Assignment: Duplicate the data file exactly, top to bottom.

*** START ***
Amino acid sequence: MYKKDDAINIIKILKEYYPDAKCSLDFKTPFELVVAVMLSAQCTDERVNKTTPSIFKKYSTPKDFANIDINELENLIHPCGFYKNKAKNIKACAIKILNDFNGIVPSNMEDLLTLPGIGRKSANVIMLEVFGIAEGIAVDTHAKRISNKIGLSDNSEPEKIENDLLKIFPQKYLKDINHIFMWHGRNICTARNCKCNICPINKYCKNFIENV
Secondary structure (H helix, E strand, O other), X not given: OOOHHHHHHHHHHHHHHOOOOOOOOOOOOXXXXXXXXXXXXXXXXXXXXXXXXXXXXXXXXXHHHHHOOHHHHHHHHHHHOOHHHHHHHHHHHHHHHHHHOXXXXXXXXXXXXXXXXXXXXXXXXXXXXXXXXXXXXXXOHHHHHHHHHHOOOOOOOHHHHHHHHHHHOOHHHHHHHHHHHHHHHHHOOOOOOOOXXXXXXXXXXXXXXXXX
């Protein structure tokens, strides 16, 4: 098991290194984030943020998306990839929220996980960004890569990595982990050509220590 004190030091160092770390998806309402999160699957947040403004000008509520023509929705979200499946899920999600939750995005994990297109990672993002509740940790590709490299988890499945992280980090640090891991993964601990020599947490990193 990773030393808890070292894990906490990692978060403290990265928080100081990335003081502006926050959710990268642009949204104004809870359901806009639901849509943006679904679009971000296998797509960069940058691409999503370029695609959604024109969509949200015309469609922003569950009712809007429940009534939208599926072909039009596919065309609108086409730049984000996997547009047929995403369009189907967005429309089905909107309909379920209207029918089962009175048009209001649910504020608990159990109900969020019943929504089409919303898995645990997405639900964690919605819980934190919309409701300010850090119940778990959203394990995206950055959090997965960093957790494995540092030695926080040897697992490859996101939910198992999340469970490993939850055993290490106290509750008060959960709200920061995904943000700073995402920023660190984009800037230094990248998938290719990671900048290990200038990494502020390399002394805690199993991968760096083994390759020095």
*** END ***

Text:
Amino acid sequence: MYKKDDAINIIKILKEYYPDAKCSLDFKTPFELVVAVMLSAQCTDERVNKTTPSIFKKYSTPKDFANIDINELENLIHPCGFYKNKAKNIKACAIKILNDFNGIVPSNMEDLLTLPGIGRKSANVIMLEVFGIAEGIAVDTHAKRISNKIGLSDNSEPEKIENDLLKIFPQKYLKDINHIFMWHGRNICTARNCKCNICPINKYCKNFIENV
Secondary structure (H helix, E strand, O other), X not given: OOOHHHHHHHHHHHHHHOOOOOOOOOOOOXXXXXXXXXXXXXXXXXXXXXXXXXXXXXXXXXHHHHHOOHHHHHHHHHHHOOHHHHHHHHHHHHHHHHHHOXXXXXXXXXXXXXXXXXXXXXXXXXXXXXXXXXXXXXXOHHHHHHHHHHOOOOOOOHHHHHHHHHHHOOHHHHHHHHHHHHHHHHHOOOOOOOOXXXXXXXXXXXXXXXXX
């Protein structure tokens, strides 16, 4: 098991290194984030943020998306990839929220996980960004890569990595982990050509220590 004190030091160092770390998806309402999160699957947040403004000008509520023509929705979200499946899920999600939750995005994990297109990672993002509740940790590709490299988890499945992280980090640090891991993964601990020599947490990193 990773030393808890070292894990906490990692978060403290990265928080100081990335003081502006926050959710990268642009949204104004809870359901806009639901849509943006679904679009971000296998797509960069940058691409999503370029695609959604024109969509949200015309469609922003569950009712809007429940009534939208599926072909039009596919065309609108086409730049984000996997547009047929995403369009189907967005429309089905909107309909379920209207029918089962009175048009209001649910504020608990159990109900969020019943929504089409919303898995645990997405639900964690919605819980934190919309409701300010850090119940778990959203394990995206950055959090997965960093957790494995540092030695926080040897697992490859996101939910198992999340469970490993939850055993290490106290509750008060959960709200920061995904943000700073995402920023660190984009800037230094990248998938290719990671900048290990200038990494502020390399002394805690199993991968760096083994390759020095």